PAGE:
Think of a place that is known for the quality of its surfing, and a few destinations may spring to mind. Australia, certainly, with its long sandy shoreline and near-obsessive love for the sport that plays out on beaches from Brisbane to Perth. The glorious coastline of California. Even our own Cornwall, with its busy boarding scene.
But Iran? This enormous Middle Eastern country does not, probably, feature in too many people’s perceptions of a perfect haven for surfers – despite its being able to lay claim to some 1520 miles of seafront along the edges of the Persian Gulf and the Gulf of Oman.
But try telling that to Easkey Britton. The 28-year-old Irish surfer has spent several weeks in the past three years riding the waves in a remote region of what is – to Western minds – a little-understood state. In doing so, she has helped to break down cultural boundaries, and introduced Iranian women to a sport that was always waiting on their doorstep.
Now her achievements are the subject of a new film, Into The Sea, which premiere 9 October 2014 at the London Surf/Film Festival.
It is a fascinating spectacle which sees her travel to the south-east corner of Iran, very close to the Pakistan border, and don a head-covering hijab to ensure she observes local custom while surfing.
Britton’s odyssey began when she decided to seek a fresh challenge. Born in County Donegal, she was introduced to the art of surfing by her father at the tender age of four – and had won the Irish National Surfing Championships four consecutive times by 2008.
In 2011, she looked to new horizons, teaming up with French filmmaker Marion Poizeau. Together, the two women decided to head to Iran, to see if it had any sort of surf culture.
‘It started off as a wild idea, passed along through friends of friends who also love to explore off the beaten track,’ Britton explains.
‘When I first heard about Iran, I realised how little I knew about the place or the people – and that most of what I did [know] was shaped by preconceptions fed to me by what we hear in the media, which is overwhelmingly negative. We didn’t know what to expect and I couldn’t resist that sense of adventure: to explore and possibly find waves with no-one.’
Her wanderlust carried her to Chabahar, Iran’s most southerly city – a distant outpost which sits a full 1,130 miles south-east of the capital Tehran, but just 70 miles from the frontier with Pakistan, in Baluchistan, Iran’s poorest (and arguably its most dangerous) region.
She was led by the thrill of the unknown and the roar of the waves – Baluchistan is home to the only sections of Iran’s long coastline which are ideal for surfing. And she found both around the little seaside village of Ramin, which lies directly to the east of the city.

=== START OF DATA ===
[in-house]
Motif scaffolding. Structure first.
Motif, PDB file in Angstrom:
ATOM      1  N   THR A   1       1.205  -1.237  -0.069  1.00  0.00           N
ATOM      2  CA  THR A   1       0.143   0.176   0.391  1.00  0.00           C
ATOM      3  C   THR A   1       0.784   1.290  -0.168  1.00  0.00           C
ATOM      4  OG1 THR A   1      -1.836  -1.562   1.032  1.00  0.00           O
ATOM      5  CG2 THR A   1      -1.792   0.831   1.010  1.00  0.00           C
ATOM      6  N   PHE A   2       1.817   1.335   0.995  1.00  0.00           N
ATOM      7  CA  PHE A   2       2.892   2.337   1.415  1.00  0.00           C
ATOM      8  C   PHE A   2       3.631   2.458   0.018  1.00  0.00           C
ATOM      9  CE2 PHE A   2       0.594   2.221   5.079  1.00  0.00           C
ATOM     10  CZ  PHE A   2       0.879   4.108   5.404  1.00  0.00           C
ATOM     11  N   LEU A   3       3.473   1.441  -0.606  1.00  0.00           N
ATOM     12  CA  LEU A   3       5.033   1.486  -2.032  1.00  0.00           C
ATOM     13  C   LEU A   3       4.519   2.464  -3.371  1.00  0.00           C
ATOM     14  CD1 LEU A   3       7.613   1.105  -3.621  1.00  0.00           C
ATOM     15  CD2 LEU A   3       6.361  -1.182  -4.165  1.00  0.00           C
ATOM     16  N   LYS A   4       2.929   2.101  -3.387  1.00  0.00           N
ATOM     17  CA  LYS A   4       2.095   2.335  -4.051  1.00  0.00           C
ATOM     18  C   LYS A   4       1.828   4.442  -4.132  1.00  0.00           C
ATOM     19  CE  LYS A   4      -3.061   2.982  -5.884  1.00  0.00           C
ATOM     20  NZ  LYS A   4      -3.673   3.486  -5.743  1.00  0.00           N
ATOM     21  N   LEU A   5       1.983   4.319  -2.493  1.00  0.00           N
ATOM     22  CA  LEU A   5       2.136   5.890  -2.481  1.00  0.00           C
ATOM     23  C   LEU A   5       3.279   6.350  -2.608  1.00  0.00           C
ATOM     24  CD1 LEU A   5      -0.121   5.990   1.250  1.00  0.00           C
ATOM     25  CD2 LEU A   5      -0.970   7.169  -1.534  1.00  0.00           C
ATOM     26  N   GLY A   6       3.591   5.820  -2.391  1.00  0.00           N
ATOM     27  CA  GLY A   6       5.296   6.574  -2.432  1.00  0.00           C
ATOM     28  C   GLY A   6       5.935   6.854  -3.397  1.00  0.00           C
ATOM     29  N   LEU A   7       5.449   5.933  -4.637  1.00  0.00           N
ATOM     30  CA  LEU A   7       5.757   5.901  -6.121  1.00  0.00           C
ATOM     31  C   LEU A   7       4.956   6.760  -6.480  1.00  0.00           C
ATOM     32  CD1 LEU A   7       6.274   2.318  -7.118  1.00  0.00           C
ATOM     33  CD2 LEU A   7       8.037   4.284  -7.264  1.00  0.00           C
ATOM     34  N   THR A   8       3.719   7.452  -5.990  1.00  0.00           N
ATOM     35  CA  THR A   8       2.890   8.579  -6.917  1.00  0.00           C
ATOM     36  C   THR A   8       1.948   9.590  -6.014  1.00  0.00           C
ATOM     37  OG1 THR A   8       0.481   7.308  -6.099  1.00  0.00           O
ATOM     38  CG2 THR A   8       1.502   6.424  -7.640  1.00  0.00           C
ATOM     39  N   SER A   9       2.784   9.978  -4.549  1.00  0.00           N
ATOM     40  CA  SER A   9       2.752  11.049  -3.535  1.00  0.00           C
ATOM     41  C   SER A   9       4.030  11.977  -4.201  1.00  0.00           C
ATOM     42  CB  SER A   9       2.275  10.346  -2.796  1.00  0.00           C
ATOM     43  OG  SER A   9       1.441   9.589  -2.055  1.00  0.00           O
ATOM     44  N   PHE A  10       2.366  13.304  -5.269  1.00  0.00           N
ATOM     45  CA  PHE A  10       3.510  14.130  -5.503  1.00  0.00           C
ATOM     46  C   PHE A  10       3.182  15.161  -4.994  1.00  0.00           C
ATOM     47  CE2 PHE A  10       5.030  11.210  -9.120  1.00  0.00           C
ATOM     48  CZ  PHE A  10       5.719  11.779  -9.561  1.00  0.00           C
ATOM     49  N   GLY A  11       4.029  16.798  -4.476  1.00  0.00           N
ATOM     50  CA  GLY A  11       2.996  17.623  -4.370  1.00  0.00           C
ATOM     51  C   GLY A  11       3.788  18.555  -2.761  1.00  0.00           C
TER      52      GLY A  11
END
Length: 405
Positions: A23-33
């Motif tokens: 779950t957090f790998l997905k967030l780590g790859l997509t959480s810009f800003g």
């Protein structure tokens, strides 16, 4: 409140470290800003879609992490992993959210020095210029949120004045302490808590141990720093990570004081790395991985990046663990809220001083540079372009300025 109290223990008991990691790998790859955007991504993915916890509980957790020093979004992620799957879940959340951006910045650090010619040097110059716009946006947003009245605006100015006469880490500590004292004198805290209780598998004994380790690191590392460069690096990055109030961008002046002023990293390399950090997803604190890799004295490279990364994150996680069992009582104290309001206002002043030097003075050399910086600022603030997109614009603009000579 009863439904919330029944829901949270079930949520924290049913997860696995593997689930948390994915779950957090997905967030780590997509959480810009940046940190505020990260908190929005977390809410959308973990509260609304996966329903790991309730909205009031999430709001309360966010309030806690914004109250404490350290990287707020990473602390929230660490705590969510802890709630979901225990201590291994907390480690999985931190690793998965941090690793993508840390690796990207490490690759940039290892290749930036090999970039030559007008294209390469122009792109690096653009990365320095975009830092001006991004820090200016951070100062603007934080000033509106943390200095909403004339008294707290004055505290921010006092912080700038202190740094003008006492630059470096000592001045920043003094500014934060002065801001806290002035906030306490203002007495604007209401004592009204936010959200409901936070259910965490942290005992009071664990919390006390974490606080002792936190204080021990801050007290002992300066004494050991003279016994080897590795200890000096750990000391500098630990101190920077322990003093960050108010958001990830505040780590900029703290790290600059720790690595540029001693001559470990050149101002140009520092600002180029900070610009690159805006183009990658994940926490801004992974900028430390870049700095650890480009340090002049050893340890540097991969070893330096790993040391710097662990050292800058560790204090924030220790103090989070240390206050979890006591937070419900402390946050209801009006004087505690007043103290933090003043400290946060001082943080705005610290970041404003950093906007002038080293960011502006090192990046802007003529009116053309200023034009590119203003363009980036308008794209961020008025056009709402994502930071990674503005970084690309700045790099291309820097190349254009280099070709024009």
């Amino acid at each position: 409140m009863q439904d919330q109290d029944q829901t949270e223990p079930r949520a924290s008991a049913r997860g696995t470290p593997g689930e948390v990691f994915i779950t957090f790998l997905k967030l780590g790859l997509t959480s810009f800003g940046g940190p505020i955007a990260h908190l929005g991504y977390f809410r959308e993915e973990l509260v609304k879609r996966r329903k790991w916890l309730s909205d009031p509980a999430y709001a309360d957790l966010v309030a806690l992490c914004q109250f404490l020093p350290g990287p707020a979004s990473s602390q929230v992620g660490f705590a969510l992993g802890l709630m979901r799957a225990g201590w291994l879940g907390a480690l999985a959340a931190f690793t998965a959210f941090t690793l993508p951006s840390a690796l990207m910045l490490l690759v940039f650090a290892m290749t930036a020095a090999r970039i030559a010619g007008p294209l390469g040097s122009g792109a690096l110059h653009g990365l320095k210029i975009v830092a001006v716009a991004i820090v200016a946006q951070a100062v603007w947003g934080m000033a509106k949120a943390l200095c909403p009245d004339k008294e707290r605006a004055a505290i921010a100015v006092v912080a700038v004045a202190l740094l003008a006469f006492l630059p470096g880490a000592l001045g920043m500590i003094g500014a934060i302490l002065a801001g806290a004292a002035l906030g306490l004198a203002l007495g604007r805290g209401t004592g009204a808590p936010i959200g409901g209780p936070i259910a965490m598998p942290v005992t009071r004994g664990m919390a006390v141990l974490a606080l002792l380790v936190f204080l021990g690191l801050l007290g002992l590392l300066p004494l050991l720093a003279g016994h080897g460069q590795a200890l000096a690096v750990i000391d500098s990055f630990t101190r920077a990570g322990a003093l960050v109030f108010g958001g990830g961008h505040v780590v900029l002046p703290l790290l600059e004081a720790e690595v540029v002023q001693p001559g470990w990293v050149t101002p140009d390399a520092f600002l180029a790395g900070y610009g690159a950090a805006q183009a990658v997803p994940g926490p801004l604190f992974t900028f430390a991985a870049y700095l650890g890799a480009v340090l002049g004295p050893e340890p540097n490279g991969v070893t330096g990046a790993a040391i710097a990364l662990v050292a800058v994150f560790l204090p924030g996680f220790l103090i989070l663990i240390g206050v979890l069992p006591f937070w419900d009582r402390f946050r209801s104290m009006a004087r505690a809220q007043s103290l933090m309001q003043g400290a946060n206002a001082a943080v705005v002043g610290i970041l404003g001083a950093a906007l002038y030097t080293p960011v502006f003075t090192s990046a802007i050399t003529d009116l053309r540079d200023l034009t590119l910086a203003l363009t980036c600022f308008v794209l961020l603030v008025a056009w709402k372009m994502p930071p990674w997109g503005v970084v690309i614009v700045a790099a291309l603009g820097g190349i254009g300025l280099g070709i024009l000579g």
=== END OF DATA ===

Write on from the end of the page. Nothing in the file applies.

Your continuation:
Of course, when she and Poizeau reached the beach, there was nobody in sight.
‘There was no surf culture in Iran,’ Britton remembers. ‘No one was surfing there.’
No one, that is, until she took to the water. During one of her first forays into the waves of the Gulf of Oman, a police car pulled up by the beach. Britton confesses that, despite being properly attired, she was concerned. Had she inadvertently broken the rules?
She need not have been worried. The police were intrigued by the novelty of her actions, but otherwise just wanted to check that the two women were OK. They also pointed out rocks on the beach, and in the shallows, which could prove hazardous.
‘I was quite naive on that first trip,’ she recalls. ‘But this left me open to the unexpected. Leaving behind expectations and being open to new experiences can be very surprising in a positive way.’
The trip resulted in a short film, made by Poizeau and released online in the summer of 2012.
The four-minute clip showed Britton on her board, but also captured her travel across Iran to reach the deserted beach, as well as the reaction of the locals – quizzical young men and captivated children, fishermen waving from boats at an unusual sight.
Inspired by their journey into the unknown, Britton and Poizeau have set up Waves of Freedom, a non-profit organisation that – to use its own words – ‘uses surfing as a medium for empowerment, transforming the most vulnerable and marginalised members of society, especially women and girls.’
The body’s first project will be Surf Seeds, an attempt to establish surfing in Baluchistan, via the donation of equipment, formal lessons and workshops on how to build and create surfboards – with the end ambition of forging Iran’s first surf club.
But in many ways, Easkey has already achieved a good deal.
‘It’s really about connection,’ she says. ‘About seeing people who might seem worlds apart come together in shared experience, connecting through a common bond of surfing.
‘It’s about boundaries dissolving in water.’
Into The Sea have its first screening as part of the London Surf/Film Festival (www.londonsurffilmfestival.com), on Thursday 9 October. For more information on Waves of Freedom, see www.wavesoffreedom.org.
Read full article, here